Microscopic investigations of polished sections of the layers of ITO manufactured according to this invention exhibit a noticeably denser structure than layers which have been manufactured without an interruption of the oxygen feed.
The chemical etchability of the layers for photolithographic structuring after vapor deposition and before heat treating was extremely good. No etching residues were observed.
ITO layers manufactured with a sputtering method exhibit the same advantageous effects. The same is true of ITO layers which were manufactured by using metallic initial materials instead of the oxides in the described process.
It will be evident that various modifications can be made to the described embodiments without departing from the scope of the present invention.
|Cited Patent||Filing date||Publication date||Applicant||Title|
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|EP0217095A2 *||Aug 19, 1986||Apr 8, 1987||Siemens Aktiengesellschaft||Method of producing low-ohmic, transparent indium-tin oxide layers, especially for imagers|
|1||Hamberg et al., "Evaporated Sn-Doped In2 O3 Films: Basic Optical Properties and Applications to Energy-Efficient Windows", J. Applied Physics, vol. 11, Dec. 1, 1986, pp. R123-R129.|
|2||*||Hamberg et al., Evaporated Sn Doped In 2 O 3 Films: Basic Optical Properties and Applications to Energy Efficient Windows , J. Applied Physics, vol. 11, Dec. 1, 1986, pp. R123 R129.|
|3||*||Patent Abstracts of Japan, Unexamined Applications, C Field, vol. 10, No. 136, May 20, 1986, 60 258460 (Sumitomo Kagaku Kogyo K.K.).|
|4||Patent Abstracts of Japan, Unexamined Applications, C Field, vol. 10, No. 136, May 20, 1986, 60-258460 (Sumitomo Kagaku Kogyo K.K.).|
|5||*||Patent Abstracts of Japan, Unexamined Applications, C Section, vol. 2, No. 136, Nov. 11, 1978, No. 53 102881 (Teijin K.K.).|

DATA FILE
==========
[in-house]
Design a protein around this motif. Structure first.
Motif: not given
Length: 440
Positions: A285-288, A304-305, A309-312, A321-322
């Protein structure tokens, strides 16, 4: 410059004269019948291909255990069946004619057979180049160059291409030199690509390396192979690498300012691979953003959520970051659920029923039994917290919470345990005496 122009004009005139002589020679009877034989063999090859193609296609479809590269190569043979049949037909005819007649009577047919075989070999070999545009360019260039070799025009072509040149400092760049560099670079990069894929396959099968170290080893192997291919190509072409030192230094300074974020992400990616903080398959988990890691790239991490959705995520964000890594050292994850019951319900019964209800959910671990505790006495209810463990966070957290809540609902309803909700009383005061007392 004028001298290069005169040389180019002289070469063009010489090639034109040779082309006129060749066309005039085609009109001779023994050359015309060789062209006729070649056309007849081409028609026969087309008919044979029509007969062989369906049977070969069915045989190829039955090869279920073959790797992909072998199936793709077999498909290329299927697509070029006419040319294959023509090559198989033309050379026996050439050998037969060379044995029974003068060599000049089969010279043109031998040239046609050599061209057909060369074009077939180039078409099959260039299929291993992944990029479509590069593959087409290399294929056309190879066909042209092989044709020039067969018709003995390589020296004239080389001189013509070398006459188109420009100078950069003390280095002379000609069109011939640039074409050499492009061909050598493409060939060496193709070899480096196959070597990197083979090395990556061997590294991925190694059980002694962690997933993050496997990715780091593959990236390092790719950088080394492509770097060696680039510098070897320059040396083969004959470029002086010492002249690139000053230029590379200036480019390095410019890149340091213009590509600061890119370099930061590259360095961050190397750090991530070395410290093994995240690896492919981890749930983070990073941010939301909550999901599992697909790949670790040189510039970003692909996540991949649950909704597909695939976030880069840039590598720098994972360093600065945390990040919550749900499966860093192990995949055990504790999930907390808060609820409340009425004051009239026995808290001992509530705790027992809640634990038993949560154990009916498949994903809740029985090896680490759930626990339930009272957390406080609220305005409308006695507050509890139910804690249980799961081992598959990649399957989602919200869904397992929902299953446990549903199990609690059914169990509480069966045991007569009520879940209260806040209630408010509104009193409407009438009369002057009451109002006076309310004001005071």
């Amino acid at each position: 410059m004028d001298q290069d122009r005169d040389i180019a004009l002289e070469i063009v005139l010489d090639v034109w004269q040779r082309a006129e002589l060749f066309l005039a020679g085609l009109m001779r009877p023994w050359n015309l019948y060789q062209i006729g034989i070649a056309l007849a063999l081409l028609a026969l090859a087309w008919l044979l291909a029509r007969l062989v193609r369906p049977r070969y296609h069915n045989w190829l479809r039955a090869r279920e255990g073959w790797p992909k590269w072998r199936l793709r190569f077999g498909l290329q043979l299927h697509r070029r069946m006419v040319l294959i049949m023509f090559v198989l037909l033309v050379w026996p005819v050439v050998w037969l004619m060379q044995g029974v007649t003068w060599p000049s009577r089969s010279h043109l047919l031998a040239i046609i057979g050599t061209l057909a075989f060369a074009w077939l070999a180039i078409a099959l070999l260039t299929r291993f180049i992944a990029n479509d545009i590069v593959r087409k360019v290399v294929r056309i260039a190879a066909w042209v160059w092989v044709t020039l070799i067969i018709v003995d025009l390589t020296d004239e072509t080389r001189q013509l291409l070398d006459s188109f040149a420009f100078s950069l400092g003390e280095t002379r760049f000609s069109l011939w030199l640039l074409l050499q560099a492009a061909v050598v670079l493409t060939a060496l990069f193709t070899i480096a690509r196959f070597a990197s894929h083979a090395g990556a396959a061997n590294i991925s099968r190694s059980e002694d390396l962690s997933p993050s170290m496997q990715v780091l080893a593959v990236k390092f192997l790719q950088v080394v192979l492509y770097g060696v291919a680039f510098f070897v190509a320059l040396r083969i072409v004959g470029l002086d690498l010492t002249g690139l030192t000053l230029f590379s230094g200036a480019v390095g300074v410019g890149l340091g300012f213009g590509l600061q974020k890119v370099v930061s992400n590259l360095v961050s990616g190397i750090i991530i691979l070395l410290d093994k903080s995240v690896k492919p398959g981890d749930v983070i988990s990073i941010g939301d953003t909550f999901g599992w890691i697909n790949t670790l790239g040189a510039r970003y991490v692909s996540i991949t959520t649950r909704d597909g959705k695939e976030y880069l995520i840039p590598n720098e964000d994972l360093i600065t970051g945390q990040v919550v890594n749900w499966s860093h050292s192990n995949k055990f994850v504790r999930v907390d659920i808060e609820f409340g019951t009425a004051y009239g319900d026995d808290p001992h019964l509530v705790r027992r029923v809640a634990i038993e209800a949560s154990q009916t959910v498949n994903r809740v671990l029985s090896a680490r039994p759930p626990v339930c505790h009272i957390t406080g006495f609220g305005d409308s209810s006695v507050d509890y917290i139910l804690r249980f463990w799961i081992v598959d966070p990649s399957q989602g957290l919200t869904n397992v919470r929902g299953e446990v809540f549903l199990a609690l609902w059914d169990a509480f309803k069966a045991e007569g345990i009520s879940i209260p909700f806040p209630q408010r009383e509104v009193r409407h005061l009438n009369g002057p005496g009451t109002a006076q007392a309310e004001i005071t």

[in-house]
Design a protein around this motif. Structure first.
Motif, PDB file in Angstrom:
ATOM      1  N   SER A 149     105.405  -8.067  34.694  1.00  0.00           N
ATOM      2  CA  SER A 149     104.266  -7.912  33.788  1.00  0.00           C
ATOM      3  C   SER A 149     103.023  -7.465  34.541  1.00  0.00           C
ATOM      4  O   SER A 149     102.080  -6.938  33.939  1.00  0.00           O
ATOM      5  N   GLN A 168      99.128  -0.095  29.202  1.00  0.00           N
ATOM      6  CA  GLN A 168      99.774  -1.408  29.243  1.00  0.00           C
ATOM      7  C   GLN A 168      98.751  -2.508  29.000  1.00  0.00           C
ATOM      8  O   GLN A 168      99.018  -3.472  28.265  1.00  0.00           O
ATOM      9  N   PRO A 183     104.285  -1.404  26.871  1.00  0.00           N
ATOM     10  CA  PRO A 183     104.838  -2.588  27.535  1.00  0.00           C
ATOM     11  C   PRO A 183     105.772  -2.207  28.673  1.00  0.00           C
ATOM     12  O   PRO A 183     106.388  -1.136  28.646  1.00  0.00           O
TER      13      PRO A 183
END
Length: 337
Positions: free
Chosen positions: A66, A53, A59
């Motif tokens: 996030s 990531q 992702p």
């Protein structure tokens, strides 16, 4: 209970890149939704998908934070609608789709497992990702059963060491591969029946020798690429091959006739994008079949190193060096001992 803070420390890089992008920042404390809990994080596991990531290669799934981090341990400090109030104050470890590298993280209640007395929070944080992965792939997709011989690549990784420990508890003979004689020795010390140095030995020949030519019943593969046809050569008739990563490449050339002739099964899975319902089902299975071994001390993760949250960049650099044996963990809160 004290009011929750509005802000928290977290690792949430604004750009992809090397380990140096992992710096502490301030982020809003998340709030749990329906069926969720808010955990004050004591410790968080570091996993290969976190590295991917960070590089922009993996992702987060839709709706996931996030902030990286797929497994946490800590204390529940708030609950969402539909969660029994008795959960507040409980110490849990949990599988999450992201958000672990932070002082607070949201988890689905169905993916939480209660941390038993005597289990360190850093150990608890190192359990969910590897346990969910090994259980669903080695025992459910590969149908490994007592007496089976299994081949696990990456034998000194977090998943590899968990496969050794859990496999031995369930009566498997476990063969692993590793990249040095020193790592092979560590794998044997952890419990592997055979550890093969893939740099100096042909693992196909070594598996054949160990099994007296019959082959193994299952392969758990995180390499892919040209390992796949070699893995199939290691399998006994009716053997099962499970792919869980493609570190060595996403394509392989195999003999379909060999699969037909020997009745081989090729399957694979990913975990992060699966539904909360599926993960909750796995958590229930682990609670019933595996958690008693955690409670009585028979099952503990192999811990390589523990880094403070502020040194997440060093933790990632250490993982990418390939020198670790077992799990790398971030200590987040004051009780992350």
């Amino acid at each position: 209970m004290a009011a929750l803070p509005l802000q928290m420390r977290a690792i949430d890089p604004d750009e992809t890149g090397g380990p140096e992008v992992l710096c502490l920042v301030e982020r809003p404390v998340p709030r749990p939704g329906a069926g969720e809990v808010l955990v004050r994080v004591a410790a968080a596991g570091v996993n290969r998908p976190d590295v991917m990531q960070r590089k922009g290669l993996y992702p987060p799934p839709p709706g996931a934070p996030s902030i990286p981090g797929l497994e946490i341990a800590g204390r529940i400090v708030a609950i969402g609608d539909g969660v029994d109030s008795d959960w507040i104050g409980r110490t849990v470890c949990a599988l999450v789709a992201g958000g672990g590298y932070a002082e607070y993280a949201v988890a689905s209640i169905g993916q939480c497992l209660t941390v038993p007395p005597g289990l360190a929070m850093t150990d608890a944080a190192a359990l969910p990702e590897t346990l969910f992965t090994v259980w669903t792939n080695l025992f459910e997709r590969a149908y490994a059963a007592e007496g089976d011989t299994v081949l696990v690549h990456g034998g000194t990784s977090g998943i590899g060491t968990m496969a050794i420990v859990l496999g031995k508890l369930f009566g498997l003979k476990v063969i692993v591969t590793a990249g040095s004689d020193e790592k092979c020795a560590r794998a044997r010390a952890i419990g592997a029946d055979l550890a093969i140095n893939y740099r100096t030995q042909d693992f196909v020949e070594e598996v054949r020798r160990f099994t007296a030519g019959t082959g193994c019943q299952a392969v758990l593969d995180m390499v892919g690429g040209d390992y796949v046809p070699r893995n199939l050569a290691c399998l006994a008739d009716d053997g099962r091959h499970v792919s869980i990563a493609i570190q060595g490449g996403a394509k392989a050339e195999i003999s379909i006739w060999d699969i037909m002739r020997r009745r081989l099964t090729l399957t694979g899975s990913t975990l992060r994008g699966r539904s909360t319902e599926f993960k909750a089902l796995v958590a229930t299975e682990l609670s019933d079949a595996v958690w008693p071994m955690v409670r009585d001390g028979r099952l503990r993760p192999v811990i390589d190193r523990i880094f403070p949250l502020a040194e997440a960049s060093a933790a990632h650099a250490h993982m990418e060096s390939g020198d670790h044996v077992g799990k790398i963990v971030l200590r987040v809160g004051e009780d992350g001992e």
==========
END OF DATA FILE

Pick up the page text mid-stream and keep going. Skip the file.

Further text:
|6||Patent Abstracts of Japan, Unexamined Applications, C Section, vol. 2, No. 136, Nov. 11, 1978, No. 53-102881 (Teijin K.K.).|
|7||Raviendrad et al., "In2 O3 and In2 O3 :Sn(ITO) Films by Post-Oxidation of Metal Films", Phys. Stat. Sol. (a) 88, 1985, pp. K83-K86.|
|8||*||Raviendrad et al., In 2 O 3 and In 2 O 3 :Sn(ITO) Films by Post Oxidation of Metal Films , Phys. Stat. Sol. (a) 88, 1985, pp. K83 K86.|
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|U.S. Classification||204/192.29, 136/256, 427/566, 427/596, 136/258, 204/192.15|
|International Classification||H01L31/04, C23C14/00, H01L31/18, C23C14/58, G03G5/10, C23C14/08|
|Cooperative Classification||C23C14/0021, C23C14/086, H01L31/1884, G03G5/104, C23C14/5853, C23C14/5806, C23C14/58, Y02E10/50|
|European Classification||C23C14/08L, C23C14/00F, C23C14/58, C23C14/58B, C23C14/58H2, G03G5/10C, H01L31/18J|
|Mar 28, 1988||AS||Assignment|
Owner name: SIEMENS AKTIENGESELLSCHAFT, MUNICH, A GERMAN CORP.
Free format text: ASSIGNMENT OF ASSIGNORS INTEREST.;ASSIGNOR:MUELLER, WERNER;REEL/FRAME:004893/0348
Effective date: 19880318
Owner name: SIEMENS AKTIENGESELLSCHAFT, GERMANY
Free format text: ASSIGNMENT OF ASSIGNORS INTEREST;ASSIGNOR:MUELLER, WERNER;REEL/FRAME:004893/0348
Effective date: 19880318
|Jan 26, 1993||REMI||Maintenance fee reminder mailed|
|Jun 27, 1993||LAPS||Lapse for failure to pay maintenance fees|
|Sep 14, 1993||FP||Expired due to failure to pay maintenance fee|
Effective date: 19930627